I never knew I loved sticks.
I thought of them straight and cutting, like schoolmasters.
But sticks can be mottled and gnarled,
even more beautiful than old people –
irregular, and useful in a way of sturdiness.
They make a shape out of longing, and sometimes
I have to wonder if they miss their trees.
I never knew I loved breathing,
except for Anne’s ‘three conscious breaths’, of course.
I’ve come to realise, though, you’ve got to love the other ones too.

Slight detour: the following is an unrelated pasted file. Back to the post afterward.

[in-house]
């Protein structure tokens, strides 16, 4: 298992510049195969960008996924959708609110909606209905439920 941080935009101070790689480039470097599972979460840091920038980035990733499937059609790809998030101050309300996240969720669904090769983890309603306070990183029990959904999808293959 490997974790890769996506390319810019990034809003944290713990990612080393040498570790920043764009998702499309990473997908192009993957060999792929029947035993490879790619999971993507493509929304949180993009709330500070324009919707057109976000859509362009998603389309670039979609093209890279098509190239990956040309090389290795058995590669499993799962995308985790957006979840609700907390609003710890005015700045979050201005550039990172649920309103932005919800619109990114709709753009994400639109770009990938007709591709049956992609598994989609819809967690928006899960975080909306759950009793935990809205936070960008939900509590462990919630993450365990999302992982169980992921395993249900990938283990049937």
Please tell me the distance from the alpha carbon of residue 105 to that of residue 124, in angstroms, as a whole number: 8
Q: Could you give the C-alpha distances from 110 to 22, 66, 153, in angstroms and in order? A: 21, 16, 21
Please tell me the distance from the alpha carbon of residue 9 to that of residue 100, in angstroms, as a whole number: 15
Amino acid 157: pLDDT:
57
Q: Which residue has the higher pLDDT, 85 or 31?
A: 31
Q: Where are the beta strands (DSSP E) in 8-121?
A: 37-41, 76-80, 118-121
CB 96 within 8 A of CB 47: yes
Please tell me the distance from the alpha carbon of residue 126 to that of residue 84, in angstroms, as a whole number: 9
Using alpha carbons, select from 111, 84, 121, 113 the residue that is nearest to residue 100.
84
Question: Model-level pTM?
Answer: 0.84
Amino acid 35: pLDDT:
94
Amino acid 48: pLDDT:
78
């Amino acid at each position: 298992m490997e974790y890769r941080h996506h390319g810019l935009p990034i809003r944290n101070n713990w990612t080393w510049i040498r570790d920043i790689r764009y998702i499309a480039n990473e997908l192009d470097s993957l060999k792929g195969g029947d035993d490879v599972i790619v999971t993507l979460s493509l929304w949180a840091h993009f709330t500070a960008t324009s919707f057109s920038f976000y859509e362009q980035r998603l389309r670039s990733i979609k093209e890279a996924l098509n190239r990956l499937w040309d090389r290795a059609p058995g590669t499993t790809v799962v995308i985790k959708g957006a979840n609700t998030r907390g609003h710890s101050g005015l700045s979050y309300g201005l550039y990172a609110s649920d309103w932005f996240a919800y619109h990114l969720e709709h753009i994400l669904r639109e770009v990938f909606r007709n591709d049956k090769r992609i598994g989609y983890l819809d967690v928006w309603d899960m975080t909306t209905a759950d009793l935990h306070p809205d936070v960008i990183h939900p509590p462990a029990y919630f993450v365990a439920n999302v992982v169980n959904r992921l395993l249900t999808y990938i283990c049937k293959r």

The way they pass quietly down the corridors of your life –
just doing their jobs, without any rewards.
They make a living out of thin air; and maybe they get miffed
having to carry on so underappreciated.
I never knew I loved drops
In my recollection, they always gathered in stains.
But drops can be valiant, pot-bellied revolutionaries –
the way they hold out against the forces of gravity.
Every laugh is a drop, resisting before it falls.
They make tiny surprises out of plunging, so I’ve decided to collect them.
I don’t want to end up with a sad and empty bucket.